Coronavirus is impacting all of our lives. These pages highlight key findings from ongoing research Samaritans is doing to understand the impact of the pandemic on wellbeing.
Understanding the impact of the pandemic on our callers
The coronavirus pandemic is having profound social, psychological and economic impacts all over the world.
It is still too soon to know whether coronavirus has affected suicide rates and it is important to note that a rise is not inevitable. However, evidence also shows us that, as well as affecting people’s mental wellbeing, the pandemic is having an impact on factors we know are related to suicide risk.
Samaritans is seeing the direct impact of coronavirus on people’s wellbeing in the UK and Ireland. Since the pandemic began, we have been conducting research to understand more about how coronavirus is affecting people who access our services. This has involved analysis of anonymous data we routinely collect about our calls and emails, as well as research with our listening volunteers since social distancing restrictions began and a nationally representative, longitudinal survey of people’s wellbeing.
In the nine months since the restrictions began (23 March – 20 December 2020), we provided emotional support over 1,700,000 times to people struggling to cope, via phone and email.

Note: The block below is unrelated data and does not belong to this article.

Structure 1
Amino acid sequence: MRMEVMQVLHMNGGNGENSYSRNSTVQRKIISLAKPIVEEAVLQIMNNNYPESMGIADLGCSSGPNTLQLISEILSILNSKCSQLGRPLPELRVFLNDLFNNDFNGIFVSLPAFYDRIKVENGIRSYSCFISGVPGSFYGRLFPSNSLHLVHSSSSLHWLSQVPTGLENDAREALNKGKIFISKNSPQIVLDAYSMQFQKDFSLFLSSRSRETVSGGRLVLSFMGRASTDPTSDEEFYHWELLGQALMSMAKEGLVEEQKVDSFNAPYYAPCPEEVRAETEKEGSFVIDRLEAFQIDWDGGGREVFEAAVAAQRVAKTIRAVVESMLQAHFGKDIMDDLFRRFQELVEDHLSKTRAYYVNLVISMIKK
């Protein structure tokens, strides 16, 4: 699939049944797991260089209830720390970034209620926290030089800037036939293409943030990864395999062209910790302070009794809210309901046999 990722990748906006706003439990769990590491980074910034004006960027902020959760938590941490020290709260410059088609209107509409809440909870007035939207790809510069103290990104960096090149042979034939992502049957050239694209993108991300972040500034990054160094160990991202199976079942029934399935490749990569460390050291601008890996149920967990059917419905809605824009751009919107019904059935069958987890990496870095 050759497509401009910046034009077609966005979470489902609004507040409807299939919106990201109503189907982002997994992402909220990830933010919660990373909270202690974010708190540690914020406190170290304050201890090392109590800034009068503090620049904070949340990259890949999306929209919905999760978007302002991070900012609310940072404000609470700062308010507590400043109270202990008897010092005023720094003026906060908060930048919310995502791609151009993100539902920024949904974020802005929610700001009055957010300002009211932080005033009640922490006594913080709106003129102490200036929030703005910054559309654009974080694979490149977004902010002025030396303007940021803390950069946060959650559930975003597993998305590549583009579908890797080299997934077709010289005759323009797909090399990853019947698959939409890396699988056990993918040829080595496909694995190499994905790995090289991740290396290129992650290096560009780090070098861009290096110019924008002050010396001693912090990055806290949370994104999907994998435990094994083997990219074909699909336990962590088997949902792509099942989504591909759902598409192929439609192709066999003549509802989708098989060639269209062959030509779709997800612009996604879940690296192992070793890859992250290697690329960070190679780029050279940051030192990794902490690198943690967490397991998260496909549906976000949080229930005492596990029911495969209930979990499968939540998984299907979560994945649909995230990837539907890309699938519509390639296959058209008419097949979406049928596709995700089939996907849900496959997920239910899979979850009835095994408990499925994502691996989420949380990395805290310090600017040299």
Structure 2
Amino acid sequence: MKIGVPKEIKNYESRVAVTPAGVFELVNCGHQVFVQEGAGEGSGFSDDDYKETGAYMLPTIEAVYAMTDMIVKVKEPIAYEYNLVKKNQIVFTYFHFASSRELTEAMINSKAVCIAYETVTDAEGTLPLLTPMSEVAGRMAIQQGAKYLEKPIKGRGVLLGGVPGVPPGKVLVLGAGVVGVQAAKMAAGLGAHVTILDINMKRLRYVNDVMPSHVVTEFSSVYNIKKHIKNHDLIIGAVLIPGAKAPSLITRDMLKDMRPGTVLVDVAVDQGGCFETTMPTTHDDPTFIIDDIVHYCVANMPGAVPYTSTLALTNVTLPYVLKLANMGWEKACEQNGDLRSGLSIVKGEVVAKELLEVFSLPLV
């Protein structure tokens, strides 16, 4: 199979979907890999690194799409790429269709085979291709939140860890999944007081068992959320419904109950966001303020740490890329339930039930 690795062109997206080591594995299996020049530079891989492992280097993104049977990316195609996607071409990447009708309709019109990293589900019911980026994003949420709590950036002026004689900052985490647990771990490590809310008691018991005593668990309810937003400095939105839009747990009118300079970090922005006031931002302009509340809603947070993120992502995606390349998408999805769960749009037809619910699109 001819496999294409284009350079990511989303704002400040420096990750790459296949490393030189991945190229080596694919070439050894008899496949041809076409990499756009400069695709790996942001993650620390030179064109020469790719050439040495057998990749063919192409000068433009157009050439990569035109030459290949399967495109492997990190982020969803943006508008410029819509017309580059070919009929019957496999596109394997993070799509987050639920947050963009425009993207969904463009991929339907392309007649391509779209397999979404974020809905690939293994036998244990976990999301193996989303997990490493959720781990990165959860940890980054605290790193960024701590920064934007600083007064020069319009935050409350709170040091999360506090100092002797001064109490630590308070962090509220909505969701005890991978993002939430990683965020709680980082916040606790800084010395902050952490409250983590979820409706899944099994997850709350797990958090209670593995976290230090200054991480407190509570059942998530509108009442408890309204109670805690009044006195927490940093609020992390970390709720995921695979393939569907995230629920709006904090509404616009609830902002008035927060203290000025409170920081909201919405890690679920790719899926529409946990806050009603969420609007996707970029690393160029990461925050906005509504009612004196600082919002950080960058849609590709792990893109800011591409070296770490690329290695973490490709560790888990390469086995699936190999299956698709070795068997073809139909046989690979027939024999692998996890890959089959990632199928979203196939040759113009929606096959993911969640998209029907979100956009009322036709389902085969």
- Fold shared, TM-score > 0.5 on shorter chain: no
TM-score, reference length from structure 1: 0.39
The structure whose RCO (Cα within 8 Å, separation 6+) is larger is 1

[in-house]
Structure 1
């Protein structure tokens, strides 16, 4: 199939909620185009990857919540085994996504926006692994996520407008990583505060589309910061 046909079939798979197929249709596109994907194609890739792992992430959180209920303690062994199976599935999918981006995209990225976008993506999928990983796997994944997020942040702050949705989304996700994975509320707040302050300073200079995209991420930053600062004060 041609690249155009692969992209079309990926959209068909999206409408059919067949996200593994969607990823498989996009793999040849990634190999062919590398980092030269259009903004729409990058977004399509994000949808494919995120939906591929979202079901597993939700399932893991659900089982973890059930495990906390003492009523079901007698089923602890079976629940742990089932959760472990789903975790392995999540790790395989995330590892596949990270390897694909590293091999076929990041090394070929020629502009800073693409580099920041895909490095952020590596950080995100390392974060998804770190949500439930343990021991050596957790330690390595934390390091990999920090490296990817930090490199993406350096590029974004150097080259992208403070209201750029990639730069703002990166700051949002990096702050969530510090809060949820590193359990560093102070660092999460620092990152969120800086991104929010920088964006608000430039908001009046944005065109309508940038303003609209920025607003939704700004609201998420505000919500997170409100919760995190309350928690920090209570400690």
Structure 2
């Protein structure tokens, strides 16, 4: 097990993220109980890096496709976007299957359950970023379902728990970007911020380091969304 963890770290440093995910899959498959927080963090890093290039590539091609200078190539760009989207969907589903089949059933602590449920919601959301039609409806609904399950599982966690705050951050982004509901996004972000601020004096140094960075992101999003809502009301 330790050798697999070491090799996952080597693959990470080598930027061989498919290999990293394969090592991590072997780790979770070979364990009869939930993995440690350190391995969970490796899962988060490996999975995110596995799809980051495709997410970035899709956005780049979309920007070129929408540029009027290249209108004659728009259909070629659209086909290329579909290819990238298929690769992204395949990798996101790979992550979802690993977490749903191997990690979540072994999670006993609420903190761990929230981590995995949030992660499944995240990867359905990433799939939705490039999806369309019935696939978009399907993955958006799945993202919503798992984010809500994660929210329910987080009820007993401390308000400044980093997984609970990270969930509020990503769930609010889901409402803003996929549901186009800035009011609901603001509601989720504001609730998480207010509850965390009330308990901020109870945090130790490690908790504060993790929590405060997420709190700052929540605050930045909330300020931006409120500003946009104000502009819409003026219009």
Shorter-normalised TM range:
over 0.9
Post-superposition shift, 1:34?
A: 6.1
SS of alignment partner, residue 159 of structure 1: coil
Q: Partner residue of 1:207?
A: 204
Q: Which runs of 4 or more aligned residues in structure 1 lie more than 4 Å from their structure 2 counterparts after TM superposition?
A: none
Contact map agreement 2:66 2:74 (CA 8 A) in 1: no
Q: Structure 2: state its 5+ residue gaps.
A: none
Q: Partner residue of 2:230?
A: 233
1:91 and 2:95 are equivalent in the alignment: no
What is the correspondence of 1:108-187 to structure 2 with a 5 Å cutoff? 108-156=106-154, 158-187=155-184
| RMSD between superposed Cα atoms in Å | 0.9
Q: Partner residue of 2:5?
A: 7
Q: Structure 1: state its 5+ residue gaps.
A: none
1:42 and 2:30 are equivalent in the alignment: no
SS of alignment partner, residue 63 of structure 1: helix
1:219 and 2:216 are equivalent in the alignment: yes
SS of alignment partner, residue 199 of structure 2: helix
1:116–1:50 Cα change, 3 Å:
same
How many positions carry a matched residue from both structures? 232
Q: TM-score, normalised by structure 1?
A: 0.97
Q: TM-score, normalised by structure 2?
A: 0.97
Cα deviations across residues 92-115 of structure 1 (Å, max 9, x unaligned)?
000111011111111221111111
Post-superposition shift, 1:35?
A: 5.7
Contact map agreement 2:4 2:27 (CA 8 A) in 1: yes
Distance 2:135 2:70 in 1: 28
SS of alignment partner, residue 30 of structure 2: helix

One in five of our calls were from people who were specifically concerned about coronavirus – although, our volunteers suggest that coronavirus has affected every one of our callers in some way, even if it isn’t their main concern. For callers concerned about coronavirus, worries about isolation, mental ill-health and family have been the most common concerns.
Since the pandemic began, people’s concerns about coronavirus have been mostly related to the knock-on effects of the social distancing restrictions, including economic and mental health worries. However, as coronavirus infection rates rise, we also hear from many callers concerned about the risks and the effects of being exposed to the virus.
We’ve also seen a change in the way people use our services during this time - in the nine months since social distancing restrictions began, we answered nearly 400,000 emails – a 32% increase compared to the same period last year.
It is clear that the pandemic is affecting everyone – but not everyone is affected in the same way, and based on our ongoing research we are particularly concerned about three groups: